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Stock Option boundary conditions Agenda: I. Option boundary conditions: ~ Option boundary conditions based on arbitrage force ~ American call options without dividend ~ American put options without dividend II. Effects of dividends, market frictions, and exercise price
K=50. p ≤ Ke-rT Arbitrage: Sell put and lend Ke-rT at the risk-free rate. and traded at the same time Notation: S0. P. short a stock Example: S0=51. C. c. • Lower bound for European calls without dividends: c ≥ S0 – Ke-rT c ≥ max(S0 – Ke-rT. T. T=0. Assumptions: Market is frictionless Borrow or lend at risk free rate Tax rate are fixed Call and put options have the same K and T. ~ Upper bounds for put options: p ≤ P ≤K Intuition: a put maximum value at maturity is K. ST. K. p • Upper bounds for option premiums: ~ Upper bounds for call options: c ≤ C ≤S0 Intuition: Stock is like an option with infinite time to maturity. Arbitrage force: buy stock sell options. Option boundary conditions ~ Option boundary conditions (based on arbitrage force): Two portfolios with the same payoff pattern must have the same price.91 2 . 0) Portfolio 1 Portfolio 2 Intuition: c + Ke-rT max (ST.I. K) at maturity S0 ST at maturity Arbitrage: buy a call. lend Ke-rT . r. r=12% then c ≥ 3.5.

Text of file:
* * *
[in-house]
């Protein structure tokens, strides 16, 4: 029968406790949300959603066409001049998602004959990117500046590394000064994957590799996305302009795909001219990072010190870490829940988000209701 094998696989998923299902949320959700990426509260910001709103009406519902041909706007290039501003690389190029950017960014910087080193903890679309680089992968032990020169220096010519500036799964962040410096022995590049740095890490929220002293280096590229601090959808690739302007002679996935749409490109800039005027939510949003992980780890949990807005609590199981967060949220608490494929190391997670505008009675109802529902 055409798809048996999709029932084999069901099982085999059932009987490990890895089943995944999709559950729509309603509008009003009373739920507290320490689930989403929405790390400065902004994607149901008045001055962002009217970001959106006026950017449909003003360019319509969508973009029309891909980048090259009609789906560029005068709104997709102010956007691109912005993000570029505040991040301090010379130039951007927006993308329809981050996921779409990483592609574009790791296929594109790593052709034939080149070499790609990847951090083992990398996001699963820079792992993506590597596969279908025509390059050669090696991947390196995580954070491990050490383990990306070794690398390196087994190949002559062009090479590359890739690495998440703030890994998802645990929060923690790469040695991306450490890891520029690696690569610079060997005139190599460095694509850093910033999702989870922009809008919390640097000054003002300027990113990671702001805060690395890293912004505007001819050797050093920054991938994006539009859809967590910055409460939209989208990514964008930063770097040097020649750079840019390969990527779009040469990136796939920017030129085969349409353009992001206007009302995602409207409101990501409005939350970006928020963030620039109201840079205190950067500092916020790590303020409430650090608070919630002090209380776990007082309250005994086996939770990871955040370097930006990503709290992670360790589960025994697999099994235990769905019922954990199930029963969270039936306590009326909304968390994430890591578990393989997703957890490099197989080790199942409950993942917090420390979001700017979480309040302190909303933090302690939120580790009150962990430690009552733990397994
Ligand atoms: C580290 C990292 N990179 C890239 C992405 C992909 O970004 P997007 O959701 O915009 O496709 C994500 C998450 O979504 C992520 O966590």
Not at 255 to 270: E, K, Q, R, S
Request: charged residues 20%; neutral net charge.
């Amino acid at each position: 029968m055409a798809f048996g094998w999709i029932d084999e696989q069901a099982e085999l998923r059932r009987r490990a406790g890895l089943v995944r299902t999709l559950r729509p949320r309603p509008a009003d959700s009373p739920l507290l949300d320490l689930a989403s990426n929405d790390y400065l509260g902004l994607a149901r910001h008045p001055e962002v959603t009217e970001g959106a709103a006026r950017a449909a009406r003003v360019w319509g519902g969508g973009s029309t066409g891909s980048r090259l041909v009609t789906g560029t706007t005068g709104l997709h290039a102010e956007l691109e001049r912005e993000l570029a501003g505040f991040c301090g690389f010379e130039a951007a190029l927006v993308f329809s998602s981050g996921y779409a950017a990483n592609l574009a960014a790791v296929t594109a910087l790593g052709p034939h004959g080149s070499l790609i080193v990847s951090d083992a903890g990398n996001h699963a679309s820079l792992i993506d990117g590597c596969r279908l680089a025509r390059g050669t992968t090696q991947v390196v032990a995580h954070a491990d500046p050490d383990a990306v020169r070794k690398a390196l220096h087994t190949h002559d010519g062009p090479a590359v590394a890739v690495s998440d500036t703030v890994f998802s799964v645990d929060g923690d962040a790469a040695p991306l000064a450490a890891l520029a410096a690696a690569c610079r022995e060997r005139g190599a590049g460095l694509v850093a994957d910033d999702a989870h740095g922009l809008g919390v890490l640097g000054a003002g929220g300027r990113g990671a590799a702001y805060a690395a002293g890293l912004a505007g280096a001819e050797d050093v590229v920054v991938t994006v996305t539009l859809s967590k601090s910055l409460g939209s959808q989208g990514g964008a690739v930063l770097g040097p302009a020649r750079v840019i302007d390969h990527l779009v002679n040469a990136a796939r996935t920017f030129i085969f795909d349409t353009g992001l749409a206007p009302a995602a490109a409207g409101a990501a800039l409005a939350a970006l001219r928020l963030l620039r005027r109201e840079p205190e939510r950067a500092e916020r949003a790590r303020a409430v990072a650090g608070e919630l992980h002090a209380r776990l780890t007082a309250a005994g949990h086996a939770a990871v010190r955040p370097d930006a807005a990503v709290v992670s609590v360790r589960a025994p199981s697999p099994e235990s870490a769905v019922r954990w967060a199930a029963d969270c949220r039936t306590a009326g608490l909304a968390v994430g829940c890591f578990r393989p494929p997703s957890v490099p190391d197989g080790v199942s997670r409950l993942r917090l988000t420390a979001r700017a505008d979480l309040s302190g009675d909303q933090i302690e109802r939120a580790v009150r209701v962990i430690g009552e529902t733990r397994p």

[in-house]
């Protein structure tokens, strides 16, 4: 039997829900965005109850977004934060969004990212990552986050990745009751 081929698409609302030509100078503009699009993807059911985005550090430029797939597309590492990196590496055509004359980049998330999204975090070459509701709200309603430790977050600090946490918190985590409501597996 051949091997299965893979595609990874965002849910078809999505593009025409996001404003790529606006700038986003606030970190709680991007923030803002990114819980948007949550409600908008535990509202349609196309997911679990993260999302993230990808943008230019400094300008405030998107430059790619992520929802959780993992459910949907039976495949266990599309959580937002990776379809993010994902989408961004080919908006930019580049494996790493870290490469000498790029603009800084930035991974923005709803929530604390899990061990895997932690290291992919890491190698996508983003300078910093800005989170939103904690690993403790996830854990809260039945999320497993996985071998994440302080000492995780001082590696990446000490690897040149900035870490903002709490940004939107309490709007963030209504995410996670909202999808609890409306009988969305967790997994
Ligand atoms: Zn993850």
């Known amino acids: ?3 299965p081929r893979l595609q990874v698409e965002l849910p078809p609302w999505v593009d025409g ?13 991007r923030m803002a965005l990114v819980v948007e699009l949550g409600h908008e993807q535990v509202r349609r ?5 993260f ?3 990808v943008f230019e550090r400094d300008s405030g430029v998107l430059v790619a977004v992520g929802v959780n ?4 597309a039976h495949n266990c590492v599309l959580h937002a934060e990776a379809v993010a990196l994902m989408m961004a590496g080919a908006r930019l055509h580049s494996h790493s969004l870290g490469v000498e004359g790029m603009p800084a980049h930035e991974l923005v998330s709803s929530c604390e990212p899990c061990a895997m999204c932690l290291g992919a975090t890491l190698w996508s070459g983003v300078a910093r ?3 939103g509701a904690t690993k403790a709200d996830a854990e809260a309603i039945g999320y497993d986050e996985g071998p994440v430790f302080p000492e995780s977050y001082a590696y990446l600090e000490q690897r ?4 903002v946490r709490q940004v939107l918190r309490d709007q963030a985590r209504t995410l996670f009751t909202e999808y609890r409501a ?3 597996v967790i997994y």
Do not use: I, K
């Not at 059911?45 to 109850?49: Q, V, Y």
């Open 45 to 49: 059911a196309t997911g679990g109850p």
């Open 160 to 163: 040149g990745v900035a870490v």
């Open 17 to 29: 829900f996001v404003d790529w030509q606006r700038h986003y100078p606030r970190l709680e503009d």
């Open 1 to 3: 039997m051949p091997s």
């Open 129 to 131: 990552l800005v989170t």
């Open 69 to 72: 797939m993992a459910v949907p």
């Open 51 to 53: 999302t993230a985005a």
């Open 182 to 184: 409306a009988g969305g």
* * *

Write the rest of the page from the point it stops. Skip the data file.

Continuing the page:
5. 0) Intuition: p+S0 max (ST. K=50. long a stock.p =S0 . borrow Ke-rT Example: S0=51.• Lower bound for European puts without dividends: p ≥ Ke-rT – S0 p ≥ max(Ke-rT – S0. K) at maturity Ke-rT K at maturity Arbitrage: buy a put. T=0. r=12% then p ≥ ?? • Put-call parity for European options: c.Ke-rT Intuition: Portfolio 1 = max (ST. K) = Portfolio 3 c + Ke-rT = p+S0 Arbitrage: Buy low value portfolio and sell high value portfolio Example: • Put-call inequality for American options: S0 –K ≤ C– P ≤ S0 – Ke-rT Intuition: S0 –K + P ≤ C P ≤ C– (S0 –K) C≤ S0 – Ke-rT + P C– (S0 – Ke-rT ) ≤ P C + K ≥ S0 + P C + Ke-rT ≤ S0 + P Portfolio 3 Portfolio 4 Arbitrage: Buy low value portfolio and sell high value portfolio Example: 3 .
T.~ Boundary for American call options without dividend: The American call option should not be exercised early if there is no dividend. C ≥ c ≥ S0 – Ke-rT > S0 – K Intuition: American call premium must be greater than the intrinsic value because of time value and insurance from the option. Exercise the American call right now and hold the stock for one month. S0 • ATM has the largest time value. Example: S0=$50 K=$40 Holding period = 1 month A. and volatility affect the shape. ST >K ST < K A KerT + ST-40 KerT B ST ST If stock price is expected to drop. Hold the American call for 1 month and exercise it one month later B. DITM or DOTM has the lowest time value. 4 . investors are better off selling the option than exercising it: Sell the American call at market price: (50-40) + Time value Exercise the option: 50-40 C > S0 – K Call K • r.